Amazing Medical Science Discovery!!!!

Now you should know i am not a medical kind of guy. This was a realization i suffered when i thought i was capable of  doing anything in the world i wished to do.

It was my freshman year at Vanderbilt, the spring semester 1962. Engineering required me to take Chemistry 101 and then 102. i had made a “D” my first semester. i wasn’t doing much better that spring semester. Perhaps this might have been a product of not picking up my chemistry book for two weeks, then pulling an all night cramming session on Thursdays before the regular two-week test on Friday. You see, i really did think i could do anything, like not studying and passing an extremely tough college course in chemistry.

But even after the first semester grade and carrying a high “D” at the end of the semester, i went into the final exam with great expectations (i have always been and remain an optimist).

i scored in  the 50’s. Bad. But Chemistry 101 and 102 were weed-out courses for all of the folks who matriculated to Vandy with the goal of scoring well in the pre-med regimen with aspirations of being accepted for Vandy’s medical school, one of the best in the country . It was tough. It was doubly tough for my class of 100 or so who got the professor from Russia whom i could not understand and consequently slept through his dramatic lectures filling about thirty feet of black board behind him with chemical notations i also did not understand, perhaps abetted by previously mentioned time, or lack thereof, with my nose in the chemistry books and not yet mentioned proclivity to nap during the lectures because of drinking beer the night before.

Regardless, i scored in the 50’s. But looking at all of the other scores and knowing the professor graded on the curve, i actually believed i might pull out a “C” on the exam. i was on cloud nine, an optimistic cloud nine, but still cloud nine.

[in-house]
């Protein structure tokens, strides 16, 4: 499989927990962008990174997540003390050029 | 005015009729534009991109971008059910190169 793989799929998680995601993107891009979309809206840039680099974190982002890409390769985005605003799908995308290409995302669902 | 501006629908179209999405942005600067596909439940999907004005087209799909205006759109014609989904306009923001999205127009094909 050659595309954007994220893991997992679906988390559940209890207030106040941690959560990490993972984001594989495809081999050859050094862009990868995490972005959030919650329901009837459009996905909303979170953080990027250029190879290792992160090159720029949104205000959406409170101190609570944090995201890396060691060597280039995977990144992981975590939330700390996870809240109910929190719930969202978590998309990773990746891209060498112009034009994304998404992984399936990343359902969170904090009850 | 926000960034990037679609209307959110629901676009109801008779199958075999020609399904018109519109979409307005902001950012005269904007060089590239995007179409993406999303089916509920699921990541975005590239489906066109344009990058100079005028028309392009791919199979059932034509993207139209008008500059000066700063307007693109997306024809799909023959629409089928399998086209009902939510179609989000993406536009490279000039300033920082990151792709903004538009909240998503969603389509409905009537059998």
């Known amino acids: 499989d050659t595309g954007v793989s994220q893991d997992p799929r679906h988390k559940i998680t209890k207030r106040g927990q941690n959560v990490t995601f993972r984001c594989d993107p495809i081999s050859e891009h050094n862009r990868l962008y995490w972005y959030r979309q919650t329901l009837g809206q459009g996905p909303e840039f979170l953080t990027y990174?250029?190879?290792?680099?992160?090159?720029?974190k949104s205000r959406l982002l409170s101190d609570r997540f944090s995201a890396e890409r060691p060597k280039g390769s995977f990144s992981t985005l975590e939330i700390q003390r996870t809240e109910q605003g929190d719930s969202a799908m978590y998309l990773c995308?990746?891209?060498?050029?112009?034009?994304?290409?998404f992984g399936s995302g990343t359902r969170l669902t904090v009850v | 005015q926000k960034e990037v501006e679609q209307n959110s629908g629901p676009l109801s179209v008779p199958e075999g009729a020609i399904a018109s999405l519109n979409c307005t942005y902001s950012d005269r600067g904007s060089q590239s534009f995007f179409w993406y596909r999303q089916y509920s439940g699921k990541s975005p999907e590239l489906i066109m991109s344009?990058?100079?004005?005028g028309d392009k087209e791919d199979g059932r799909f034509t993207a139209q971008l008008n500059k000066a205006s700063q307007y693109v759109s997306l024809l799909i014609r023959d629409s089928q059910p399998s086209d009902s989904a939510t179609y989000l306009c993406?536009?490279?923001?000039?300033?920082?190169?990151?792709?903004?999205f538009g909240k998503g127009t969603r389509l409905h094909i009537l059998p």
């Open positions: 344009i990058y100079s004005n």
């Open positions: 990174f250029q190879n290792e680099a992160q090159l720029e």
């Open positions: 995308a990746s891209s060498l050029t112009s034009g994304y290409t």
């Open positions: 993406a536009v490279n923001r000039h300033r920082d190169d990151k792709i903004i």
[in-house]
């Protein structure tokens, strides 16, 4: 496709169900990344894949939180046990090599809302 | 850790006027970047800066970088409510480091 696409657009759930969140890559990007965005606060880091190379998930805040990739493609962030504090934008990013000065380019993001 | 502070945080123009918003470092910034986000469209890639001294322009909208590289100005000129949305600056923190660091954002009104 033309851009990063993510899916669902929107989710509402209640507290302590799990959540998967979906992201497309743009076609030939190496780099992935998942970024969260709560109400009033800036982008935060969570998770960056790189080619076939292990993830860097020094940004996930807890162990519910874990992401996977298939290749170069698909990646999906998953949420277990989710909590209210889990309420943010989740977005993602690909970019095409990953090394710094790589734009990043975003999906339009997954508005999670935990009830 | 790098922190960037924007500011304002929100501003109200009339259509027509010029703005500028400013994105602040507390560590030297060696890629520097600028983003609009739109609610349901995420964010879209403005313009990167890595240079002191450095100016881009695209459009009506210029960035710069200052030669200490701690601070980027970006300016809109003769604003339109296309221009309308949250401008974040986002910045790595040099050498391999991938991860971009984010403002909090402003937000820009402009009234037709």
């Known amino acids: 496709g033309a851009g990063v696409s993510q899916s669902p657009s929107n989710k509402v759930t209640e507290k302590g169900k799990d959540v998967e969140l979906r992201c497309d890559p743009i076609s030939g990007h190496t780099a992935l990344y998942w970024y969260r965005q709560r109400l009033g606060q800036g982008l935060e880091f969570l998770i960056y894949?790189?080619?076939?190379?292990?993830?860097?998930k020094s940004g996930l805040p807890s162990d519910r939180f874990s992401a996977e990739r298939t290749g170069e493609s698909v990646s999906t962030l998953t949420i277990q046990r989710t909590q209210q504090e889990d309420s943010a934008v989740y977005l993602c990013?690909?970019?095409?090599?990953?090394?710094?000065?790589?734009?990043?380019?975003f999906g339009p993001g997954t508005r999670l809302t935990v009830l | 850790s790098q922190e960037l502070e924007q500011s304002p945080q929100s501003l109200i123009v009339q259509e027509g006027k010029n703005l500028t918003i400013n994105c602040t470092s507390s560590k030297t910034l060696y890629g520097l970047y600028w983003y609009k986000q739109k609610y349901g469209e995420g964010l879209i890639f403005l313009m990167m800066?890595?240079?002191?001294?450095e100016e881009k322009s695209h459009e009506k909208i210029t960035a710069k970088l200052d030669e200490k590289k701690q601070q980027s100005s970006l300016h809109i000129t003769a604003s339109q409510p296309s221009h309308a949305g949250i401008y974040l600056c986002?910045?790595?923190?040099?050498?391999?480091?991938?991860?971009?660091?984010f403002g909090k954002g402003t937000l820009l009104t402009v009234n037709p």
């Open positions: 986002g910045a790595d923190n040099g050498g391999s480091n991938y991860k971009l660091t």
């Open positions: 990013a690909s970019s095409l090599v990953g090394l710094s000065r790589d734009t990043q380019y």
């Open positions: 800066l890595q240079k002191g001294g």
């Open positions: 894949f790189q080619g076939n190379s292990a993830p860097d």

But then there was Andy Berry. Andy was in my graduating class in Lebanon. He graduated from Lebanon High School and i graduated from Castle Heights. He is a good guy. i like Andy a lot except for that semester in chemistry. Andy scored 97 on the final exam. His grade completely screwed up the curve. Consequently, i got a “D” on the exam and a “D”in the course on my way to an infamous exit from Vandy the next year.

So you are correct: i’m not a medical or science expert.

But i am a good observer, and i have been observing a lot of stuff for a lot of years, three-quarters of a century actually.

Through those observations, i recently stumbled upon a medical science phenomenon overlooked by the most brilliant medical and science experts.

i have discovered, through blurry observation, the primary, never-to-be-argued, undeniable reason for dying.

Are you ready for this?

Everyone, and i mean everyone, dies because of…

living.

Simply put: If you live you die; if you don’t live, you don’t die.

i think there is an important aspect in that revelation. But i also know each of you will  have your own idea about what that aspect is for you. For me, it means i should live, if it is the reason i’m gonna die, to the fullest everyday…and not sweat the small stuff.

Medical science: eat your heart out.

2 thoughts on “Amazing Medical Science Discovery!!!!

  1. Whoa! Chemistry was not my forte either, and Carolyn Russell messed up my curve by scoring 99 on her final. I ended with a D for my final grade. I didn’t care because i still had a science credit even though it wasn’t required. I gave it my best shot. The only regret i had was it dropped me out of the top 10 of my graduating class.

  2. So, “Jimmy” as one who actually did do Med School (and then some) despite having gone off to college with the ill formed but definite dream of living life as a kind of tribute to Commander Harris by being an endlessly entertaining English professor at some imagined boarding school or small college somewhere in a quaint and woodsy part of New England or northern California (a la Robin Williams in “Dead Poets Society”) I remember well the interview with you when you were editor of The Cavalier (and what a wonderful job you did there!) You asked me at that time what was the secret to my success at Castle Heights and I told you, “Don’t sweat the small stuff.” Clearly a cliche, even so long ago now, those are terrific words to live by and I am so glad that you have lived your colorful and rewarding life the way you have. And I definitely do not take credit for informing your life in that or any other way – you did good, Jim Jewel. I’m proud that I knew you in your formative years at Heights.

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